yr 2 Phonics and terrible spelling...your views please(16 Posts)
My dd has not from the word go enjoyed phonics, she naturally prefers to sight read and her reading has progressed no end for the last six months, as she has built a sight vocabulary. She found it laborious sounding out each letter when she was younger, and it would spoil the flow of the story and then she would become increasingly frustrated and/or bored. Thankfully we past that stage now, but we have another problem...
However, I am really worried about her spelling. The children do not appear to have been taught 'sight' words very well at all, as a consequence my dd simply randomly sounds out every word phonically with little real accuracy. I am very concerned that she is never going to be able to spell properly like this and her written work is compromised severely...does anyone else have this problem? Should I be worried? And how can I help? I printed the sight word sheet, but she gets bored so quickly...maybe there are more interesting ways to learn, part of me thinks the school should be doing this anyway!!
How well are they expected to spell in yr 2...?? Would love to know the average ability. DD is okay with the obvious, she he, with, the, and, etc but the minute we move on to where, what, there and longer words etc it all tends to fall apart.
Any advice would be gladly received.
Why are you
obsessing about focussing on 'sight words'? How is her spelling of all the other many thousands of words which are in the English language?
What do you mean when you say your dd simply randomly sounds out every word phonically with little real accuracy.? Is this for spelling? If it is, she has at least an inkling of how spelling works; i.e that words are made up of sounds and that when spelling a word you spell each sound in the order in which it comes in the word. The difficult bit comes in remembering which sound spelling belongs in any particular word as many sounds can be spelled in more than one way.
But if you could clarify it might be easier to advise.
Our pupils are taught exclusively using phonics and all have spelling ages above their chronological age
My first question would be why did she need to sound out the words and in what way was it laborious?
Secondly when she "randomly" sounds out every word for spelling does she correctly identify the sounds in the word (not random in that case) or does she indeed just say random sounds that are incorrect?
Thirdly are get spellings phonetically plausible? (she has the correct sounds but has chosen an incorrect representation for them)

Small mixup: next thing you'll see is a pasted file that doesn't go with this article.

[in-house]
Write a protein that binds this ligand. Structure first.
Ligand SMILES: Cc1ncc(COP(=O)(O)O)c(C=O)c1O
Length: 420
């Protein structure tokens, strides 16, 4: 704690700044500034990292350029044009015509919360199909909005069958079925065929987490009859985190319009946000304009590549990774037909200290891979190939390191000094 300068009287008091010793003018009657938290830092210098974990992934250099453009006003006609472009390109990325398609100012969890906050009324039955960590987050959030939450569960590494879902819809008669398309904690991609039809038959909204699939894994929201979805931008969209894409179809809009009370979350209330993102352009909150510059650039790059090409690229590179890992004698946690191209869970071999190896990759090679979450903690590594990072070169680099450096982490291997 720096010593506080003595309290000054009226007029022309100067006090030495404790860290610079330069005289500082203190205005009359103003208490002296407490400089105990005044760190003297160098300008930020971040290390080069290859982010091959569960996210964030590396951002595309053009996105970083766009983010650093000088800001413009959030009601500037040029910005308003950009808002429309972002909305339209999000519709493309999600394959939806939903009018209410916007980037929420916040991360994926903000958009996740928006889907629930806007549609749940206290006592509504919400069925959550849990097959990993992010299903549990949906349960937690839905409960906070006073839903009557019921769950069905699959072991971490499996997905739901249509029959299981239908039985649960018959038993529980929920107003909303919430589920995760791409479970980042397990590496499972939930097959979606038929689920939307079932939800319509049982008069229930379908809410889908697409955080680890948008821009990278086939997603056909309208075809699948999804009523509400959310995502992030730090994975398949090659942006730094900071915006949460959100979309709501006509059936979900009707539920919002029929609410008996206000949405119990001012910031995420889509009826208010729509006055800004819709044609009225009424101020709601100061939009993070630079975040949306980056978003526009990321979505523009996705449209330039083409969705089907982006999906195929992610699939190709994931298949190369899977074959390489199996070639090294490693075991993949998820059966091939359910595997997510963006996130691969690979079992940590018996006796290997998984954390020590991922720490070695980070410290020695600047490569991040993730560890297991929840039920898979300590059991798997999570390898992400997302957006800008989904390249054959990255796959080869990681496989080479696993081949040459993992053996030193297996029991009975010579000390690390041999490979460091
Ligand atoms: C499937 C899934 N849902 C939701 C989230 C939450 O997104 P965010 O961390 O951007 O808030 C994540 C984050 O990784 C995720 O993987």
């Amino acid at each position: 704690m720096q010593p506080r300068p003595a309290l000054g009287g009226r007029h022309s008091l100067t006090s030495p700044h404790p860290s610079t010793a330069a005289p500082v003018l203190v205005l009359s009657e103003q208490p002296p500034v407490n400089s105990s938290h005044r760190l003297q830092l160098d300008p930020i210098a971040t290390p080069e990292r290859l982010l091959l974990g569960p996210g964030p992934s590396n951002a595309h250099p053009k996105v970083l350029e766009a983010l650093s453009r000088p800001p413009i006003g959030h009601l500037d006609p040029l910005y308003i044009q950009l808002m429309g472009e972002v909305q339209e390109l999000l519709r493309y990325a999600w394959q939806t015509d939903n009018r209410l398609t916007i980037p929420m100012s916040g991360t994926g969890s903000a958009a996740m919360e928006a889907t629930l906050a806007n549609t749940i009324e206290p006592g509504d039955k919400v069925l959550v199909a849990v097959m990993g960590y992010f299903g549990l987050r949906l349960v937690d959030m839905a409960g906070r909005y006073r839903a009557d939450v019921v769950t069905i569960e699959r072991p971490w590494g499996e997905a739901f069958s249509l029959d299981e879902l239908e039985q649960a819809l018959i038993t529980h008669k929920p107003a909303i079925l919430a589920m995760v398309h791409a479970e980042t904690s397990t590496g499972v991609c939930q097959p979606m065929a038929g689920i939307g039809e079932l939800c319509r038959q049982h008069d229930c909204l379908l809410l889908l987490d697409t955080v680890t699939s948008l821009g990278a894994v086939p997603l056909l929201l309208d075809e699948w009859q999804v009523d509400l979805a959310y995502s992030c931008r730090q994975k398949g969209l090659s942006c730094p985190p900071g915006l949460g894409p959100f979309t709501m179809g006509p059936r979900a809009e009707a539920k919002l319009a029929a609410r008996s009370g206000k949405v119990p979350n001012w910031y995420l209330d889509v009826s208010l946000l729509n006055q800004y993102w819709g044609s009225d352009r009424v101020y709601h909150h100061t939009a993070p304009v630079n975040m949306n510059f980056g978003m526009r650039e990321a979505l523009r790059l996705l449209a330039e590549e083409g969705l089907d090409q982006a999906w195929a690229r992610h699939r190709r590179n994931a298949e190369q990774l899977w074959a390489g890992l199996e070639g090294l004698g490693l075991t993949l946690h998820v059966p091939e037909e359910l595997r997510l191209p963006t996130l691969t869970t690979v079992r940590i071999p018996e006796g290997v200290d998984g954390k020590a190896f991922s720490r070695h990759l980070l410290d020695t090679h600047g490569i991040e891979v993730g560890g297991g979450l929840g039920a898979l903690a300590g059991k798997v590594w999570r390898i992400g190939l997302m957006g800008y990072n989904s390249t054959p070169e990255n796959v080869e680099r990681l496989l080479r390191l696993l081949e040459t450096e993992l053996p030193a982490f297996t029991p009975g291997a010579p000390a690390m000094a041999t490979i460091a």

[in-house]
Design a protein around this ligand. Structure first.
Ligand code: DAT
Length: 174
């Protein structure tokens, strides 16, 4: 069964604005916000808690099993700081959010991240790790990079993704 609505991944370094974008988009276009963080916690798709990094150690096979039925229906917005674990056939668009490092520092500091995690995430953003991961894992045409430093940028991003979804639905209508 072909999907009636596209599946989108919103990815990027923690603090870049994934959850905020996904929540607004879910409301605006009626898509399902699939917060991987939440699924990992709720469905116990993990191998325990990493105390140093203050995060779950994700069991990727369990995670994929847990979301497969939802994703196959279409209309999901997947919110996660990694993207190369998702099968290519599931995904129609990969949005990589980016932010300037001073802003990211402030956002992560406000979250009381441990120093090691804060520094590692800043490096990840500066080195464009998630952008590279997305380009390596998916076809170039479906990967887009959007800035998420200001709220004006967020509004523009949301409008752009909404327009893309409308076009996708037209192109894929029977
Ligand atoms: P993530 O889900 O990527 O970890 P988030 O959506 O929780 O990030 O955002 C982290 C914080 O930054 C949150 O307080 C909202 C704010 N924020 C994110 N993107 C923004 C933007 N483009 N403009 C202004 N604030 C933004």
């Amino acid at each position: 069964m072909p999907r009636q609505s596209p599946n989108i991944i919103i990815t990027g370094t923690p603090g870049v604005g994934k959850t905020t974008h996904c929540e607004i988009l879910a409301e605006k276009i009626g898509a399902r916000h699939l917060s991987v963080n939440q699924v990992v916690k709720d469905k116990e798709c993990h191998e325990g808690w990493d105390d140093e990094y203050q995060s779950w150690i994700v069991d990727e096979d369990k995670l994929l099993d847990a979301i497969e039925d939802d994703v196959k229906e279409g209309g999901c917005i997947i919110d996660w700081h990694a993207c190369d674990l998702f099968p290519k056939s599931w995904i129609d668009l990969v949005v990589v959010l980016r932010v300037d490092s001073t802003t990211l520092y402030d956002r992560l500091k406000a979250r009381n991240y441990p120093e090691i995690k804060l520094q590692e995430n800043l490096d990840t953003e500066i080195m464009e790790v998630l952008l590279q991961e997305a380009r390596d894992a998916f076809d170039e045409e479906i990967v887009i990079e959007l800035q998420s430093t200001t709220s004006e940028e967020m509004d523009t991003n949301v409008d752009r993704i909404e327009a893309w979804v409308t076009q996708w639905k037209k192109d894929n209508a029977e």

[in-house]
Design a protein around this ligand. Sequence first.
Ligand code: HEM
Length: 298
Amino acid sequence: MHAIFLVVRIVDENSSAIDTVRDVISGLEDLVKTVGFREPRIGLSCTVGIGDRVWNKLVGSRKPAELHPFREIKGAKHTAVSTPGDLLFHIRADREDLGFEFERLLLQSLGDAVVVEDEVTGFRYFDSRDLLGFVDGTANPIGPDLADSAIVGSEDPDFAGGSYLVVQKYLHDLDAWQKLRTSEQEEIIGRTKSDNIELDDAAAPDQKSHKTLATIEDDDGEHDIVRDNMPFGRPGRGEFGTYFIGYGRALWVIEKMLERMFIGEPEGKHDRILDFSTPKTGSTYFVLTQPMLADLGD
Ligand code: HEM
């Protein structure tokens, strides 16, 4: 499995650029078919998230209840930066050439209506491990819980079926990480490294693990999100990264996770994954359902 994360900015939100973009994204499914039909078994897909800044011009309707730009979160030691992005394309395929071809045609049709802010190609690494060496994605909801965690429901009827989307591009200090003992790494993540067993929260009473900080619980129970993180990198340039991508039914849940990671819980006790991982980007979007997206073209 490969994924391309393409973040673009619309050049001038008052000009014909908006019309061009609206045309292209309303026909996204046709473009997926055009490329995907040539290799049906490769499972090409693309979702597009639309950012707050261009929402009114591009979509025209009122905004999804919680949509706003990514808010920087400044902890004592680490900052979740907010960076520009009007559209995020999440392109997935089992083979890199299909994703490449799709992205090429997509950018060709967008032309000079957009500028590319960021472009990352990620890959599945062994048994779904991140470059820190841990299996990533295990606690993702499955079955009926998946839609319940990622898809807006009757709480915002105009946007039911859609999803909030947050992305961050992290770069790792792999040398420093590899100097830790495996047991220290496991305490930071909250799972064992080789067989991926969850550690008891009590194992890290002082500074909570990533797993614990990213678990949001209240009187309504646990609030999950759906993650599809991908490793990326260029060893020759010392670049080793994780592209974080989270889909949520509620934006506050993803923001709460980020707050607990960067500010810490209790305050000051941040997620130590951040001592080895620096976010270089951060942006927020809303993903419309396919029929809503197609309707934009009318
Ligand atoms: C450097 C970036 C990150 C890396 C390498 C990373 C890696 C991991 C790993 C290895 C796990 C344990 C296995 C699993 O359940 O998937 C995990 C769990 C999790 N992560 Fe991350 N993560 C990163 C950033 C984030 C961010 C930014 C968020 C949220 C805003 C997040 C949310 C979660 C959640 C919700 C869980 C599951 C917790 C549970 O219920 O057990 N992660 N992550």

Maizie D I am not sure you realise how completely rude you sound but using the word obsessing and then crossing it out! What a juvenile and quite unnecessary contribution. I am simply enquiring about ways to improve spelling sight words and to see if anyone else had noticed the spelling phonetically has its limits. I am not sure you are the right person to speak to.
Heartofgold, There are far too many words in the English language to learn to spell them all by sight only. The same applies to reading, which is why the research evidence shows that direct teaching of phonics is best. Except for people with photographic memories, good spellers nearly always use their underlying phonics knowledge to build and maintain that "instant" retrieval of a correct spelling, even if they are not consciously aware of this.
That's one reason it's important to encourage children to decode words and then put them back together again for spelling (encode), until the ability to read and spell that particular word becomes automatic. As the blog Mrz links to acknowledges, the phonics variations for some sounds are complex, and ultimately have to be internalised in memory for each word, but that is still better than having to memorise a far larger number of individual words by sight.
I don't worry about learning spellings at all. I imagine you become a good speller by being a good reader.
What do you think mrz?
Maybe putting spellings into 'families' of similar sounds and spellings would help her to remember (there and where). Learning a little of the history of those hard to spell words might help too.
It is possible to be a very fluent reader and a very bad speller.
The link between reading lots and spelling well is not as strong as people often make it out to be. There are some good rraders that are good spellers and plenty that aren't and some children that barely ever pick up a book unless made to who spell well. Obviously seeing a word spelt correctly lots of times does give good readers with good visual memories an advantage, but for most children, there's a lot more to learning to spell than just seeing the word.
Sorting words by spelling pattern for a particular sound will help, linking to her phonics for reading. And I would do some of that by writing into columns or lists so you can utilise muscle memory as well, sounding out and rereading the words as she writes them.
Reading and spelling are two sides of the same coin and should be taught together.
I would teach spellings by sound and always correct incorrect spellings to reinforce the correct spelling saying each sound as they are written
I need to check my own spelling. Rraders = readers
If they are sounding out the spelling OK I wouldn't worry too much just yet ie if they are giving you the phonic breakdown of the word. My daughter struggled with this till yr3/4 when it started to fall into place better. They had done more work on how english works for words, where phonic sounds can be spelt differently and how the rules of spelling in english work, I think if she can break down the word into sounds then she will get there - just keep practicing, keep reading and so on. If she has been working one way at home and another in school it may have caused some confusion.
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